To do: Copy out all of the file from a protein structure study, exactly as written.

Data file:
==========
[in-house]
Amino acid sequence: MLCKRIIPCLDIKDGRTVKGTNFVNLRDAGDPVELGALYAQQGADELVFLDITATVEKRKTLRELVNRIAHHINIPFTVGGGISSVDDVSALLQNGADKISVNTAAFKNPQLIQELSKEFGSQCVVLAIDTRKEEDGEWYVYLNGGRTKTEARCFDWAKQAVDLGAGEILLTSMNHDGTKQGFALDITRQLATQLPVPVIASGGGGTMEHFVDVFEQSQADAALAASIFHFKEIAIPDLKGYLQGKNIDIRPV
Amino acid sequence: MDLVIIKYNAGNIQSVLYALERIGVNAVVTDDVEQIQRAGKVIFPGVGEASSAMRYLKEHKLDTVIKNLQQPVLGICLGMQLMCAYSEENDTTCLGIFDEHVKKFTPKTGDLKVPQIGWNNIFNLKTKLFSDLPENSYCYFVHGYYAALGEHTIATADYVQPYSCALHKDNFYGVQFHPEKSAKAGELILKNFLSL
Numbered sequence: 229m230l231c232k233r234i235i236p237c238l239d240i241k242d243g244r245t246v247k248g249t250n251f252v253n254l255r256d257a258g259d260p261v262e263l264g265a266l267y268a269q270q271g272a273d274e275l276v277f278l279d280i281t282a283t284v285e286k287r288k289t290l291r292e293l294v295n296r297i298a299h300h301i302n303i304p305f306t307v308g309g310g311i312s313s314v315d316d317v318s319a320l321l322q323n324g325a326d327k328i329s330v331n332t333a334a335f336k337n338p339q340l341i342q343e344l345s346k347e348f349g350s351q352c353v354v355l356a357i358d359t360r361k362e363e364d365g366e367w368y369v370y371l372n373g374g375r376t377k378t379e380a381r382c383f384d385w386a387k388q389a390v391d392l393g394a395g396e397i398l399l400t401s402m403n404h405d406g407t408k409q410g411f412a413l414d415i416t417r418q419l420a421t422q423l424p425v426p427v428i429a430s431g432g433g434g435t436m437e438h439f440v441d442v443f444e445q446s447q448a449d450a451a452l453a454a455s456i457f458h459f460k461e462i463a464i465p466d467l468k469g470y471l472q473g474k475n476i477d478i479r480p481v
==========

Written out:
[in-house]
Amino acid sequence: MLCKRIIPCLDIKDGRTVKGTNFVNLRDAGDPVELGALYAQQGADELVFLDITATVEKRKTLRELVNRIAHHINIPFTVGGGISSVDDVSALLQNGADKISVNTAAFKNPQLIQELSKEFGSQCVVLAIDTRKEEDGEWYVYLNGGRTKTEARCFDWAKQAVDLGAGEILLTSMNHDGTKQGFALDITRQLATQLPVPVIASGGGGTMEHFVDVFEQSQADAALAASIFHFKEIAIPDLKGYLQGKNIDIRPV
Amino acid sequence: MDLVIIKYNAGNIQSVLYALERIGVNAVVTDDVEQIQRAGKVIFPGVGEASSAMRYLKEHKLDTVIKNLQQPVLGICLGMQLMCAYSEENDTTCLGIFDEHVKKFTPKTGDLKVPQIGWNNIFNLKTKLFSDLPENSYCYFVHGYYAALGEHTIATADYVQPYSCALHKDNFYGVQFHPEKSAKAGELILKNFLSL
Numbered sequence: 229m230l231c232k233r234i235i236p237c238l239d240i241k242d243g244r245t246v247k248g249t250n251f252v253n254l255r256d257a258g259d260p261v262e263l264g265a266l267y268a269q270q271g272a273d274e275l276v277f278l279d280i281t282a283t284v285e286k287r288k289t290l291r292e293l294v295n296r297i298a299h300h301i302n303i304p305f306t307v308g309g310g311i312s313s314v315d316d317v318s319a320l321l322q323n324g325a326d327k328i329s330v331n332t333a334a335f336k337n338p339q340l341i342q343e344l345s346k347e348f349g350s351q352c353v354v355l356a357i358d359t360r361k362e363e364d365g366e367w368y369v370y371l372n373g374g375r376t377k378t379e380a381r382c383f384d385w386a387k388q389a390v391d392l393g394a395g396e397i398l399l400t401s402m403n404h405d406g407t408k409q410g411f412a413l414d415i416t417r418q419l420a421t422q423l424p425v426p427v428i429a430s431g432g433g434g435t436m437e438h439f440v441d442v443f444e445q446s447q448a449d450a451a452l453a454a455s456i457f458h459f460k461e462i463a464i465p466d467l468k469g470y471l472q473g474k475n476i477d478i479r480p481v